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Rap and Rappers

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California State University, Dominguez Hills
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Soka University Japan - Transcend Art and Peace
Created: November 5, 2002
Latest Update: November 25, 2002

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Site Teaching Modules Comments on Eminem

Site Copyright: Jeanne Curran and Susan R. Takata and Individual Authors, November 2002.
"Fair use" encouraged.

On Tuesday, November 12, 2002, Caren Davis wrote:

Subject: lived experiences

Hi Jeanne, This is Caren Davis.

I was reading the questions on Eminem. Being that I'm not in your other classes where I think you discussed this in detail, but being a mother of two young boys and a auntie of many, this topic caught my attention. Actually, Caren, we didn't discuss Eminem in great detail in any of the classes, but I suspected that some of you would share just the interest you express here. This is a good example of taking advantage of the choice the site allows you. This style of rap has been a controversy for a long time now and I'm not sure what is true about the effects that it has on society expecially children which is my main concern. The ruling on that is still out, Caren. No one knows for sure. We know the negative effects of censorship, but we don't know nearly enough about the effects of simply passively or actively immersing oneself in the music. My oldest son is only eight years old and I don't allow him to listen to that type of music not because of the violence but in my opinion there are things that he just should not hear because I don't feel that he is mature enough to fully understand what he's hearing. A lot of it is a "fantasy". I don't think he can truly imagine people actually doing what they say or even feeling the things they claim to feel about certain people in their lives. This is just the way I look at it. I could be wrong but I'm not willing to jeopardize my children's future that way. I think your point on maturity is well taken. But I have to remind you of a popular song when I was young: They tried to tell us we were too young, too young to really be in love . . . " On the other hand I have a sister with children around the same age and she allows her children to listen to that style of music. She doesn't see any harm. Her children usually tease my son for listening to the teenage rappers who mostly talk about how good it feels to be rich and how the girls love them so much. He is not much of a follower but, I try to reassure my son that it is o.k. to like those rappers so he is not so much caught up in peer pressure and doing wrong just because everyone else is. I think that we are responsible for what our children do, hear and see when they are young and with that we can rest assured that our children will make the right decisions in life when they are out of our sight. Sheltering my children from certain things at a young age gives me the comfort and peace within that if they don't make the right choices and decisions in life that I won't have to live with the guilt that I allowed my children to be exposed to certain things that had a negative impact on them and contributed to the fact that they could not distinguish fantasy from real life. I'm not saying that I am the perfect parent because I know that I am far away from that but again I feel that monitoring what our children hear, see, and do will make a big difference in a child's life.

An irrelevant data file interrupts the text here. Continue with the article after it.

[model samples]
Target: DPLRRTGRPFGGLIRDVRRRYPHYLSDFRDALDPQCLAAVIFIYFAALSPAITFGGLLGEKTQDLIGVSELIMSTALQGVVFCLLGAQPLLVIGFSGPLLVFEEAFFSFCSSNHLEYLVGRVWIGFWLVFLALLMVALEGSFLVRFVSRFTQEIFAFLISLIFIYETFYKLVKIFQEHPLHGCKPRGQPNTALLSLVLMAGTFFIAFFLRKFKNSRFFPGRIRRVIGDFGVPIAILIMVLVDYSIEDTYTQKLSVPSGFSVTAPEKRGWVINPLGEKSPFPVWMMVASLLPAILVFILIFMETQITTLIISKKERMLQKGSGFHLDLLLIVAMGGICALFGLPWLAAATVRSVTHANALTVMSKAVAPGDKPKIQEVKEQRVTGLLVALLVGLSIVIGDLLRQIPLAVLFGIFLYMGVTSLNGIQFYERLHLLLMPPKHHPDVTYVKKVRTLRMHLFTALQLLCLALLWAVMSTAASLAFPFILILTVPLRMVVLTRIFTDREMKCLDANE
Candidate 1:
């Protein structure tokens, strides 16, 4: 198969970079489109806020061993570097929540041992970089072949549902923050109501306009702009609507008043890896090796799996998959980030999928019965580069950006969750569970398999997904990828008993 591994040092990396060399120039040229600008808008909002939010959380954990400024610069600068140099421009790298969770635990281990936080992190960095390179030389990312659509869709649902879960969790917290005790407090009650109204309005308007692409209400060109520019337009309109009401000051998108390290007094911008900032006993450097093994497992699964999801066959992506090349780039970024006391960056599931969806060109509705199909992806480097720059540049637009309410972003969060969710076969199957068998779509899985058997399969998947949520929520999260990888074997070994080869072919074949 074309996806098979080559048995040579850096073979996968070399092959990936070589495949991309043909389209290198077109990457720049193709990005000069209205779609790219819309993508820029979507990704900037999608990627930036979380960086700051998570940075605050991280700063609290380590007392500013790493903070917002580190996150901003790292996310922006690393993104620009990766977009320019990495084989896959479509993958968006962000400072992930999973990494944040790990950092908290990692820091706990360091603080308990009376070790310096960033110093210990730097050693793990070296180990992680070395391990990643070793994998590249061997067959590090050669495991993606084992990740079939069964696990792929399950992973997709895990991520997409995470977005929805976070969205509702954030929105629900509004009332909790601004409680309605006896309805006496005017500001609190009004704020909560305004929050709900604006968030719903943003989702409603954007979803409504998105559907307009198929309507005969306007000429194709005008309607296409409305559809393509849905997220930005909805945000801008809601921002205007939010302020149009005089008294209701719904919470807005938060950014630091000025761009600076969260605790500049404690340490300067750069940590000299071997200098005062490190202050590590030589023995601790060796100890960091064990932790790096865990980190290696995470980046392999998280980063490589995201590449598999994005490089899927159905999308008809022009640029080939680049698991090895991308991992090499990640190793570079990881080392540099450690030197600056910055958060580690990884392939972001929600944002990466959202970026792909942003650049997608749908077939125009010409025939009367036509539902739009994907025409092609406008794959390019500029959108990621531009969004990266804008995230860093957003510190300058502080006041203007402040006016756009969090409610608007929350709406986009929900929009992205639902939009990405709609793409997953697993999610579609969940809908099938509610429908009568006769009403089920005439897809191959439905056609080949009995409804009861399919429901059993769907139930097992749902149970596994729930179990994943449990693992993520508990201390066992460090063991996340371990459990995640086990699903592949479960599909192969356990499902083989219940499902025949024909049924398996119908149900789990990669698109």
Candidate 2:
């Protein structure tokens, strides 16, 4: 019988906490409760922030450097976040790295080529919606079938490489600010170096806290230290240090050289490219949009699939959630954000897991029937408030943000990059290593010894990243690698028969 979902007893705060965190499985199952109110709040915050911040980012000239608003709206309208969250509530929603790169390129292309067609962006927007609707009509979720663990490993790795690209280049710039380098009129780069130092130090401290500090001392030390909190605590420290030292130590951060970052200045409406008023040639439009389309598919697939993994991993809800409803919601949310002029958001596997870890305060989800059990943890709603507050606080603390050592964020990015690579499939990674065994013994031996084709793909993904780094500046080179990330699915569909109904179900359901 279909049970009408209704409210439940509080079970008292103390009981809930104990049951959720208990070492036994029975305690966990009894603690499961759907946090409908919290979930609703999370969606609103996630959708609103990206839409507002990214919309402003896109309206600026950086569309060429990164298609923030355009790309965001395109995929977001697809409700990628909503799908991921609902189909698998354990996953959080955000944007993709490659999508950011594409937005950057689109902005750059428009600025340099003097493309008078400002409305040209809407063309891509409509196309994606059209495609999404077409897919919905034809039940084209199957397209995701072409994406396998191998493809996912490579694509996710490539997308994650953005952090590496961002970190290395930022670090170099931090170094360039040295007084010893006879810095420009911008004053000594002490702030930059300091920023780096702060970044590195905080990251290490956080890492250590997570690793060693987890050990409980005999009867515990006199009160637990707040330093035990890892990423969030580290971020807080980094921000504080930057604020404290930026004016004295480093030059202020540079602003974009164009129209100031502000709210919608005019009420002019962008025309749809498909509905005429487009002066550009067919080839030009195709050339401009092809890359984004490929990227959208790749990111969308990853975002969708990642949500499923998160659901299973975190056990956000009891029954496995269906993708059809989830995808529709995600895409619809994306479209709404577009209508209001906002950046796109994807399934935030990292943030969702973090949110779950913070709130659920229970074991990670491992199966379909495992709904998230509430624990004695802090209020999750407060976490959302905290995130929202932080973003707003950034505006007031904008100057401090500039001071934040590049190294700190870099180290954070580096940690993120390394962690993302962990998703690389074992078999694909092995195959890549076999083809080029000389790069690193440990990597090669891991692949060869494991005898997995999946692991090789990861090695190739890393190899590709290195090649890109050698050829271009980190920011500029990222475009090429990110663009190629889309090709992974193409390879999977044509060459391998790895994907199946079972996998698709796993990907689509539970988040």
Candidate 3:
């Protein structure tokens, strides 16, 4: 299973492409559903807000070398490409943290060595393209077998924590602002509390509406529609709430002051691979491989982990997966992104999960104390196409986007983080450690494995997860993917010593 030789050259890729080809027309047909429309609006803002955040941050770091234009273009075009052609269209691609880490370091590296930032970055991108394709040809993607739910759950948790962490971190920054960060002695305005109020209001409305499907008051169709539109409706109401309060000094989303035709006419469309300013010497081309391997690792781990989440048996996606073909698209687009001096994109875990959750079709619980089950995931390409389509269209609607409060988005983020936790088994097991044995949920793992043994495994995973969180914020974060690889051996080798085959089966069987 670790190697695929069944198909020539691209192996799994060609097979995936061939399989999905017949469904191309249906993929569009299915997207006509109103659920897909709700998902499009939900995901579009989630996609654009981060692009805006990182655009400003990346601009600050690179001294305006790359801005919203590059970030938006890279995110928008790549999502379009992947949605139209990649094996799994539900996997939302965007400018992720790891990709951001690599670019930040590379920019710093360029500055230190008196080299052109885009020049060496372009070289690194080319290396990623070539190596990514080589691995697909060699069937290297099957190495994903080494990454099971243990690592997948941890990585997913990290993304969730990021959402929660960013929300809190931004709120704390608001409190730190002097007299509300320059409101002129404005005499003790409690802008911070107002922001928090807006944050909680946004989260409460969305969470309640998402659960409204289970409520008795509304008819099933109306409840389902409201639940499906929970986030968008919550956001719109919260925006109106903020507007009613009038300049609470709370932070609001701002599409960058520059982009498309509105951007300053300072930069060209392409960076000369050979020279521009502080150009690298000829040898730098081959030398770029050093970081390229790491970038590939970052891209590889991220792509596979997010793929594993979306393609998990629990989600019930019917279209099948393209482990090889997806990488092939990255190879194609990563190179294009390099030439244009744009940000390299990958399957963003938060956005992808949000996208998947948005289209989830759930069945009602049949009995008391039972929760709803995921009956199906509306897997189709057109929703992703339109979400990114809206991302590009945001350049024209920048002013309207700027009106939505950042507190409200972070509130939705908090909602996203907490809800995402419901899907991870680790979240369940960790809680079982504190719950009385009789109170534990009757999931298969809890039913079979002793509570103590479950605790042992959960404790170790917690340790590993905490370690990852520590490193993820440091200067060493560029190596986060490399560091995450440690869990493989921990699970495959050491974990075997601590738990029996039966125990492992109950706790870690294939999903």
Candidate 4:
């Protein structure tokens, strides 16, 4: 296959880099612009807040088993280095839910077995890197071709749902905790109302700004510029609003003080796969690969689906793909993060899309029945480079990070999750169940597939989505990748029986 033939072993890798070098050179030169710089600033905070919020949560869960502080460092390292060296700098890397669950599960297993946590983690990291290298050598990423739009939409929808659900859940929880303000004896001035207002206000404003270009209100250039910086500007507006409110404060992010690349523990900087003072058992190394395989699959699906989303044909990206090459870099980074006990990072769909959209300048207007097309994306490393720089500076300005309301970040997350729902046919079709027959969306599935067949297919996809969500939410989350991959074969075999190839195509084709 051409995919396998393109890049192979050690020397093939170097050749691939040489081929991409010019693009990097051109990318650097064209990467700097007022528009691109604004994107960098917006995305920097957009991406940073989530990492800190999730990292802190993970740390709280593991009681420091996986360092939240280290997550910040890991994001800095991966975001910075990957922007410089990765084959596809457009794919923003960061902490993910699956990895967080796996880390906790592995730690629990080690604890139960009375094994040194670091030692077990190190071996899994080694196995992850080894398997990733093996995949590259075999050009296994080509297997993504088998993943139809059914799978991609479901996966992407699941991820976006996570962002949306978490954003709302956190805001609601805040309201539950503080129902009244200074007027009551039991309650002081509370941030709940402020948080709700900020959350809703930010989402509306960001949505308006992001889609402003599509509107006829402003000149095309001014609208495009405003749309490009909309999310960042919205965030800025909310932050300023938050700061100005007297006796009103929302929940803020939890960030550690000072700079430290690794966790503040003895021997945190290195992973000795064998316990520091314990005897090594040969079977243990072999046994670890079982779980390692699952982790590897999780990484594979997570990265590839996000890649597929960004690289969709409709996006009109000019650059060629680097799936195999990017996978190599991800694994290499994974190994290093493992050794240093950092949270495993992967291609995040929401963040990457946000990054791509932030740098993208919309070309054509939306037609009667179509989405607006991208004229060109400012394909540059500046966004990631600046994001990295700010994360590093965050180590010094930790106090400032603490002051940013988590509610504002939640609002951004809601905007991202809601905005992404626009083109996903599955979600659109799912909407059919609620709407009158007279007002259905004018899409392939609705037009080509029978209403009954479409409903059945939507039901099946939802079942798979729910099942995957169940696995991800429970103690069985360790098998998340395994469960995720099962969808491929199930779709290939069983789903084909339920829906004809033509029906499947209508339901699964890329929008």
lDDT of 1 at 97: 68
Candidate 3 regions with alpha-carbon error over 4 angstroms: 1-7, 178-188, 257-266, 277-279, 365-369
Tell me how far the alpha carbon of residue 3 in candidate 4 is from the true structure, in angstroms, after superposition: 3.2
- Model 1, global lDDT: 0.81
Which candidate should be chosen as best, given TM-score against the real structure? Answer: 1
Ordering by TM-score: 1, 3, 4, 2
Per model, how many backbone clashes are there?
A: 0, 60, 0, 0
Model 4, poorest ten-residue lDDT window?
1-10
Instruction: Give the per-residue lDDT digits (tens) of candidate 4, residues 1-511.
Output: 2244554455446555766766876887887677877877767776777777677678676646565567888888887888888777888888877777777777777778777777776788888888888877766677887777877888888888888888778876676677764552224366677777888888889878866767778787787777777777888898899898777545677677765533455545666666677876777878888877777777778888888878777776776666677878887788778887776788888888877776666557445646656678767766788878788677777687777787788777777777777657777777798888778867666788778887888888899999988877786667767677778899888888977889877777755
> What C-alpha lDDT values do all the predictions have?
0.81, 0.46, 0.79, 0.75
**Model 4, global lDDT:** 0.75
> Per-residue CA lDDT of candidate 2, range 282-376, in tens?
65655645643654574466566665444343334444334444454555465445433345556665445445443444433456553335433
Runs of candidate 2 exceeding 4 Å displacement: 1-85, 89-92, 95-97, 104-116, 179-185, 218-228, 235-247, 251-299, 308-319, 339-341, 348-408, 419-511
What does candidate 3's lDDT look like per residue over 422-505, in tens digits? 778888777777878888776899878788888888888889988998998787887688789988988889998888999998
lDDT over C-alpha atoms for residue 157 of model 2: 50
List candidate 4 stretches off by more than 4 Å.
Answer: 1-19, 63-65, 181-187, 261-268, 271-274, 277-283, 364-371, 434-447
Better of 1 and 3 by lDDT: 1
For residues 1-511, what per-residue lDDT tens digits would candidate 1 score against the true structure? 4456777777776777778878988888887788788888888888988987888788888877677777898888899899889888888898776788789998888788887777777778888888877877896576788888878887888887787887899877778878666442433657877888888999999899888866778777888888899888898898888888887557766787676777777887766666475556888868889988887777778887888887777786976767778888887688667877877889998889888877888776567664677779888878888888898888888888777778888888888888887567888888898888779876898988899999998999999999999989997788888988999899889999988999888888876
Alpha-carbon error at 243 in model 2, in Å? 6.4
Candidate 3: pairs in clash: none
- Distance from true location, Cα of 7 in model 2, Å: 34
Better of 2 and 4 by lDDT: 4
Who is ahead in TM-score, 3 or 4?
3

Good points, Caren. Consider that all this concern leads you to talk with your son, to explain your reasons, and to encourage him to ehlp you protect him from things you are afraid might be harmful. That's pretty elaborate language coding. And recall that children brought up in an environment of elaborate language codes evidence greater achievement. I woud suspect that the child rearing techniques you use and the ways in which you handle transactions with your son, may one day prove to be more important than the music itself.

By the way, conceptual linking to restricted and elaborated language codes could turn this into an A message. jeanne